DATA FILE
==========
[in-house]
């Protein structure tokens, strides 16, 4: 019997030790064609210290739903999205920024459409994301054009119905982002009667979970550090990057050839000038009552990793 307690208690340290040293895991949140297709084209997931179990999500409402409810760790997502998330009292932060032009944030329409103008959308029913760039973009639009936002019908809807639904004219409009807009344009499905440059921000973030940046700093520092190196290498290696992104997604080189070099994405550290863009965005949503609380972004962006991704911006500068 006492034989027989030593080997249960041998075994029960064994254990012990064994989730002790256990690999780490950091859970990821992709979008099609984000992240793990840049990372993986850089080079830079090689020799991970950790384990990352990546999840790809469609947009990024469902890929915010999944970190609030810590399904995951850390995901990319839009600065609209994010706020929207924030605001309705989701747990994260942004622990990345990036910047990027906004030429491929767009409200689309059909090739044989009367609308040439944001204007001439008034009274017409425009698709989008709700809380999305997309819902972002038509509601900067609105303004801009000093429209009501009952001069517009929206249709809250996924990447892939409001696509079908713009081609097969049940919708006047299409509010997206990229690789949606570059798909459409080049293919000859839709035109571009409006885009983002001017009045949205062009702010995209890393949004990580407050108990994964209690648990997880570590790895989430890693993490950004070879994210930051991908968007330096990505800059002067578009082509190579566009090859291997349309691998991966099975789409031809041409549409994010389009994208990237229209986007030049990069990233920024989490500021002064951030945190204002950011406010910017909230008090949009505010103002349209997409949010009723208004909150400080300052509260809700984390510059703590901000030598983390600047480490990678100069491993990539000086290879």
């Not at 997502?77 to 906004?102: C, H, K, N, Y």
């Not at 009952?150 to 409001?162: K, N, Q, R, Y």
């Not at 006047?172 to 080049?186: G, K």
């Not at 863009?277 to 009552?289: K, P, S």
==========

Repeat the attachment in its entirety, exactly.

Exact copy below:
[in-house]
């Protein structure tokens, strides 16, 4: 019997030790064609210290739903999205920024459409994301054009119905982002009667979970550090990057050839000038009552990793 307690208690340290040293895991949140297709084209997931179990999500409402409810760790997502998330009292932060032009944030329409103008959308029913760039973009639009936002019908809807639904004219409009807009344009499905440059921000973030940046700093520092190196290498290696992104997604080189070099994405550290863009965005949503609380972004962006991704911006500068 006492034989027989030593080997249960041998075994029960064994254990012990064994989730002790256990690999780490950091859970990821992709979008099609984000992240793990840049990372993986850089080079830079090689020799991970950790384990990352990546999840790809469609947009990024469902890929915010999944970190609030810590399904995951850390995901990319839009600065609209994010706020929207924030605001309705989701747990994260942004622990990345990036910047990027906004030429491929767009409200689309059909090739044989009367609308040439944001204007001439008034009274017409425009698709989008709700809380999305997309819902972002038509509601900067609105303004801009000093429209009501009952001069517009929206249709809250996924990447892939409001696509079908713009081609097969049940919708006047299409509010997206990229690789949606570059798909459409080049293919000859839709035109571009409006885009983002001017009045949205062009702010995209890393949004990580407050108990994964209690648990997880570590790895989430890693993490950004070879994210930051991908968007330096990505800059002067578009082509190579566009090859291997349309691998991966099975789409031809041409549409994010389009994208990237229209986007030049990069990233920024989490500021002064951030945190204002950011406010910017909230008090949009505010103002349209997409949010009723208004909150400080300052509260809700984390510059703590901000030598983390600047480490990678100069491993990539000086290879």
């Not at 997502?77 to 906004?102: C, H, K, N, Y």
């Not at 009952?150 to 409001?162: K, N, Q, R, Y």
């Not at 006047?172 to 080049?186: G, K």
């Not at 863009?277 to 009552?289: K, P, S």